Obama issues school rules on transgenders


WASHINGTON: President Barack Obama’s administration told schools across America on Friday (Saturday in Manila) they must let transgender students use the bathroom of their choice, taking an intensifying battle over civil rights to the national stage.

Hailed by activists as a breakthrough, the move triggered an instant backlash from conservatives who perceive it as a threat to children’s well being, with a top Texas official refusing to comply with Obama’s “blackmail.”

In a letter to public school districts and universities, the Justice and Education Departments laid out guidelines on creating a safe environment for transgender students, in accordance with existing laws on discrimination.

“There is no room in our schools for discrimination of any kind, including discrimination against transgender students on the basis of their sex,” said Attorney General Loretta Lynch, the top US lawyer who delivered a powerful speech in support of transgender Americans earlier this week.

“No student should ever have to go through the experience of feeling unwelcome at school or on a college campus,” added Education Secretary John King.

In particular, the letter asks schools to allow transgender students access to bathrooms matching their gender identity—rather than the sex on their birth certificate.

Although non-binding, schools that fail to comply with the directive could potentially face lawsuits or reduced federal aid.

The school guidelines come as the federal government is embroiled in a pitched legal battle with the state of North Carolina over a law requiring transgender people to use public restrooms corresponding to the sex on their birth certificate. Both the state and the Obama administration have filed dueling lawsuits.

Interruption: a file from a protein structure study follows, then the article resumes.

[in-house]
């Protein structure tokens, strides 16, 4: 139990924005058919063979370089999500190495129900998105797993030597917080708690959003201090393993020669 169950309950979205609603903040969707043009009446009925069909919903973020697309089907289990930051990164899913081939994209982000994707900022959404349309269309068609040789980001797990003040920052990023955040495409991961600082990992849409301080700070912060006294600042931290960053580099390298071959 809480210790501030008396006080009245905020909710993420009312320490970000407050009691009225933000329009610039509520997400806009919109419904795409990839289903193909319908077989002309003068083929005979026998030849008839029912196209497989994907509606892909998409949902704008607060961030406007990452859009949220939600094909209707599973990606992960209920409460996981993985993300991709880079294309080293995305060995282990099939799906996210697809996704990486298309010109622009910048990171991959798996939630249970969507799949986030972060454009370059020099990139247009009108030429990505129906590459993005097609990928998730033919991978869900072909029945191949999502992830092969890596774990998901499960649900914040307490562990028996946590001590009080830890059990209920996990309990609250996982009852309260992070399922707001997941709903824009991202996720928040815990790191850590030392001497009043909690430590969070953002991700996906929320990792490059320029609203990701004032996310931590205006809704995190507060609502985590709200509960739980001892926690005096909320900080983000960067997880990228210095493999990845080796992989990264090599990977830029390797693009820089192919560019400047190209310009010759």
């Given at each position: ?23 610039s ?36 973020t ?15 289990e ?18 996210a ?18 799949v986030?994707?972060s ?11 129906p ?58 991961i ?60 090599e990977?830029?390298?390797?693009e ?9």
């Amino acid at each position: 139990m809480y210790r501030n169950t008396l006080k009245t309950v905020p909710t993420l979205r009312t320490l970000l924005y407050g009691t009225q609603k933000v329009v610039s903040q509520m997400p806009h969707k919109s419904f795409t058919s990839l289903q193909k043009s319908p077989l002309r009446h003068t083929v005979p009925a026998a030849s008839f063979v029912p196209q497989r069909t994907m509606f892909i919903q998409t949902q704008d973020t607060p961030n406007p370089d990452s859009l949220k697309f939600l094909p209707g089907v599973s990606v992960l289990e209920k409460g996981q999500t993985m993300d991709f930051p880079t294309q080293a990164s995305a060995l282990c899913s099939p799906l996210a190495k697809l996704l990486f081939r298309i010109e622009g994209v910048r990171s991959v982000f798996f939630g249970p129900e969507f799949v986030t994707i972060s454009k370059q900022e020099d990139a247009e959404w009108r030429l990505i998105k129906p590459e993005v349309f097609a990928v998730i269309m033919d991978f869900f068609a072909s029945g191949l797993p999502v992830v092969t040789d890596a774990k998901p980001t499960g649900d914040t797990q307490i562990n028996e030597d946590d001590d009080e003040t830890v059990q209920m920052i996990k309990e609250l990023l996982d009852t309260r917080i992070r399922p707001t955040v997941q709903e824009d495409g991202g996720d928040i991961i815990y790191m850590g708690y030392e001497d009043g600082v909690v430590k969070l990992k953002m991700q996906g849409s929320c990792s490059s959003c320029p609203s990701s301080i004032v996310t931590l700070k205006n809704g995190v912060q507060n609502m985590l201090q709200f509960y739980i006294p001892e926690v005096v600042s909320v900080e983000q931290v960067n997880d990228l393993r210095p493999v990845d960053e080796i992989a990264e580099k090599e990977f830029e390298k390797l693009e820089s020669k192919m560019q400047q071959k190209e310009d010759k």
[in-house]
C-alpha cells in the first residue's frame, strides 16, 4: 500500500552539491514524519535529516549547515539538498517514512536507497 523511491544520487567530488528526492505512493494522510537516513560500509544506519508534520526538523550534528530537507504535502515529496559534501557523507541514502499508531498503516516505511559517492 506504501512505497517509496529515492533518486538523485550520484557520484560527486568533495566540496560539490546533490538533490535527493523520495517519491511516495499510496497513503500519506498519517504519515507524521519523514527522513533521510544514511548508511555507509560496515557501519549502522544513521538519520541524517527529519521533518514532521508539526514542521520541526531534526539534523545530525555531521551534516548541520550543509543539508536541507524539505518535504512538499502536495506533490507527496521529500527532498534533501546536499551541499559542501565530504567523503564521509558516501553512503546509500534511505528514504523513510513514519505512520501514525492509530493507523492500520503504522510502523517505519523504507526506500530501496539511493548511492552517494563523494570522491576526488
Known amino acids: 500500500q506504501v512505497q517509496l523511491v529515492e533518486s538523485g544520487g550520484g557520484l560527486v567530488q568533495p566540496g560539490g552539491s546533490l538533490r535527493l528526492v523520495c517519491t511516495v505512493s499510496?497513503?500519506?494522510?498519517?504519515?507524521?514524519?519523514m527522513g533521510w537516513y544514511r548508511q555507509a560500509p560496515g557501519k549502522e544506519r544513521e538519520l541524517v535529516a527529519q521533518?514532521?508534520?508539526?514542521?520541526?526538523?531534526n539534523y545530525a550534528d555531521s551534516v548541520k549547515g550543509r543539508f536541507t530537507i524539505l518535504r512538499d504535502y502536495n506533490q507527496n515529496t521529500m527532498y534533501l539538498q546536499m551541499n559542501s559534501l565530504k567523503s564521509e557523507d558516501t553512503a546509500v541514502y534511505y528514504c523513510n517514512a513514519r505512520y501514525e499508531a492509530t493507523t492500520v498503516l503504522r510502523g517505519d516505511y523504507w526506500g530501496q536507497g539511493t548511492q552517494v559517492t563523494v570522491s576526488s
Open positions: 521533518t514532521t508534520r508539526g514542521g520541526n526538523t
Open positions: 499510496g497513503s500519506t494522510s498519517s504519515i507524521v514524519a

Rights groups hailed the administration’s latest move.

Human rights campaign president Chad Griffin said the “groundbreaking” guidelines marked “a truly significant moment not only for transgender young people but for all young people.”

But conservative politicians and groups were swift in condemning the move.

North Carolina Governor Pat McCrory called for federal courts and the US Congress to “intercede to stop this massive executive branch overreach, which clearly oversteps constitutional authority.”

In Texas, Lieutenant Governor Dan Patrick said his state was ready to forfeit billions of dollars in federal aid—most of it for free breakfast and lunch programs for students from financially disadvantaged families—rather than comply with the administration.

“So Barack Obama, if schools don’t knuckle down to force girls showering with boys and force eight-year-old girls to have to endure boys coming into their bathroom, he’s taking money from the poorest of the poor,” Patrick told reporters.



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